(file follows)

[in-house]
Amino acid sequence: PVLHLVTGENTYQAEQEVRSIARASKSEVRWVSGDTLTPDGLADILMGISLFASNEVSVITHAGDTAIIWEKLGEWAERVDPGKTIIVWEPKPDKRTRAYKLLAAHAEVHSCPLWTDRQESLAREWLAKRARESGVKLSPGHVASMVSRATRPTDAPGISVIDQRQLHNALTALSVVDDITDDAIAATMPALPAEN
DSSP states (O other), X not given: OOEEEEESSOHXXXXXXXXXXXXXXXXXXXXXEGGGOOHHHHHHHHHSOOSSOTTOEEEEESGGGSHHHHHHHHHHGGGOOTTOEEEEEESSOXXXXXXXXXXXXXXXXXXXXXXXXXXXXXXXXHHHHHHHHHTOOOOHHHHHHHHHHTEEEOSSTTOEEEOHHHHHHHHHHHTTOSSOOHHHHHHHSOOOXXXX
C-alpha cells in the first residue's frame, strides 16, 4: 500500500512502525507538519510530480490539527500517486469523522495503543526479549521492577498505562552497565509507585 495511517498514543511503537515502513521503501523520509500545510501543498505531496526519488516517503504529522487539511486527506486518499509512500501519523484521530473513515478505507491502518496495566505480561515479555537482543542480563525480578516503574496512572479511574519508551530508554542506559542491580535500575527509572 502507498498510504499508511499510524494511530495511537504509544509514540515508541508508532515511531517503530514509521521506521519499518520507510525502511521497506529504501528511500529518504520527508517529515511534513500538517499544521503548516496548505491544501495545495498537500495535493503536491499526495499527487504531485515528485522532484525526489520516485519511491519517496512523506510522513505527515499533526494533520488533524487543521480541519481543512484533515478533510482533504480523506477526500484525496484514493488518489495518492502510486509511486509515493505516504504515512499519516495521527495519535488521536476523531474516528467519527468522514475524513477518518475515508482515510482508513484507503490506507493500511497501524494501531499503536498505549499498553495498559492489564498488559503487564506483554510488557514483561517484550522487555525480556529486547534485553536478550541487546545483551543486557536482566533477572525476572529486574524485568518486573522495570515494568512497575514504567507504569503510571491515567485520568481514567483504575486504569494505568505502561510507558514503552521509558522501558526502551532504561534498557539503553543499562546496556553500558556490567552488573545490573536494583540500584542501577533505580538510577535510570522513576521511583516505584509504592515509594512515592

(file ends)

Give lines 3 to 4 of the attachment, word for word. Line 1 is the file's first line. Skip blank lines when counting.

DSSP states (O other), X not given: OOEEEEESSOHXXXXXXXXXXXXXXXXXXXXXEGGGOOHHHHHHHHHSOOSSOTTOEEEEESGGGSHHHHHHHHHHGGGOOTTOEEEEEESSOXXXXXXXXXXXXXXXXXXXXXXXXXXXXXXXXHHHHHHHHHTOOOOHHHHHHHHHHTEEEOSSTTOEEEOHHHHHHHHHHHTTOSSOOHHHHHHHSOOOXXXX
C-alpha cells in the first residue's frame, strides 16, 4: 500500500512502525507538519510530480490539527500517486469523522495503543526479549521492577498505562552497565509507585 495511517498514543511503537515502513521503501523520509500545510501543498505531496526519488516517503504529522487539511486527506486518499509512500501519523484521530473513515478505507491502518496495566505480561515479555537482543542480563525480578516503574496512572479511574519508551530508554542506559542491580535500575527509572 502507498498510504499508511499510524494511530495511537504509544509514540515508541508508532515511531517503530514509521521506521519499518520507510525502511521497506529504501528511500529518504520527508517529515511534513500538517499544521503548516496548505491544501495545495498537500495535493503536491499526495499527487504531485515528485522532484525526489520516485519511491519517496512523506510522513505527515499533526494533520488533524487543521480541519481543512484533515478533510482533504480523506477526500484525496484514493488518489495518492502510486509511486509515493505516504504515512499519516495521527495519535488521536476523531474516528467519527468522514475524513477518518475515508482515510482508513484507503490506507493500511497501524494501531499503536498505549499498553495498559492489564498488559503487564506483554510488557514483561517484550522487555525480556529486547534485553536478550541487546545483551543486557536482566533477572525476572529486574524485568518486573522495570515494568512497575514504567507504569503510571491515567485520568481514567483504575486504569494505568505502561510507558514503552521509558522501558526502551532504561534498557539503553543499562546496556553500558556490567552488573545490573536494583540500584542501577533505580538510577535510570522513576521511583516505584509504592515509594512515592